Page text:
Dorothy led Lucy towards the tempting call, which repeated the announcement several times. Other townspeople became interested in the proposal as well. The barker turned out to be a man with a thick beard, dressed in a high-quality dark suit with a vest, a tie, and a light-colored shirt. A gray hat with a wide brim flaunted on its head. He stood next to the open suitcase that three high posts supported. The man was as tall as Dorothy.
“Mom, mom, that man looks like Santa Claus, only his beard is black,” Lucy stood agape.
“Hush, he’s not Santa at all. The man may be offended, “Dorothy lectured her daughter.
Indeed, looking closely, the man appeared twenty years old, if not less. Clearly, the beard was adding to his age.
Gradually gawks gathered around the improvised stand.
“My name is Jeff. Let’s start our draw. Look, I have one hundred twenty-five dollars in my hands in three bills: five, twenty, and one hundred, and there are twenty pieces of soap in the suitcase. Now I will wrap three pieces of soap in banknotes before your eyes. Then I’m going to wrap it and the other pieces of soap with paper, and mix it up”.
The man neatly wrapped the soap in a five-dollar bill, and then in paper. He did the same with the twenty and the hundred dollars bills. Then he wrapped the remaining pieces of soap in paper. Lucy tried to count them but went astray, distracted by the locomotive whistle.
“All right, people, let’s mix it up and start the drawing,” Jeff said.
As he stirred the soap, he shouted:
“Now, gentlemen, try your luck! The first bar of soap is only a dollar. Then we’ll hold an auction. You can win a hundred dollars! That’s a lot of money! Don’t be shy; your luck is in your hands.”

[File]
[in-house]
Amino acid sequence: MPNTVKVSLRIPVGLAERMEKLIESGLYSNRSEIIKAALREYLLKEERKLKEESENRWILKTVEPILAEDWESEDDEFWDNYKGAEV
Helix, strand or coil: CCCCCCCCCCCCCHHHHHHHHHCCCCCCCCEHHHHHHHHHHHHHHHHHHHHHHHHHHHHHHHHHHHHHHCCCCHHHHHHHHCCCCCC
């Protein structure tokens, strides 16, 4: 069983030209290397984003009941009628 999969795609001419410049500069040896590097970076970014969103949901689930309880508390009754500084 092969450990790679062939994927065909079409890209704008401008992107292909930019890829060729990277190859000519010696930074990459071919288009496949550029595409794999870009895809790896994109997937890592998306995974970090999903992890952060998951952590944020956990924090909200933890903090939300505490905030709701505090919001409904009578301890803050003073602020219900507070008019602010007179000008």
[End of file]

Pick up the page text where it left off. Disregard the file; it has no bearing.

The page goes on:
He raised the bundle above his head.
“Come on! Who’ll be the first to try their luck?”
“Let me try it,” said the guy in the plain suit of coarse cloth, walked up to Jeff, and passed him a dollar.
Having received the desired package, the guy immediately tore off the paper and gasped with regret:
A hum of disappointment went through the crowd.
“Gentlemen, don’t despair; this is only the beginning. There are still nineteen pieces in my suitcase, with one hundred and twenty-five dollars hiding among them!”
Jeff picked up the next bar of soap.
“So, the first chance was for a dollar, and now the auction. The starting price is one dollar. So who’ll bid more?”
“A dollar and ten cents,” someone said from the crowd.
“A dollar fifteen cents…”
“A dollar twenty…”
“A dollar and a half!”
“If there are no more offers, the second soap goes to the man in the cylinder!” shouted the host of the raffle auction.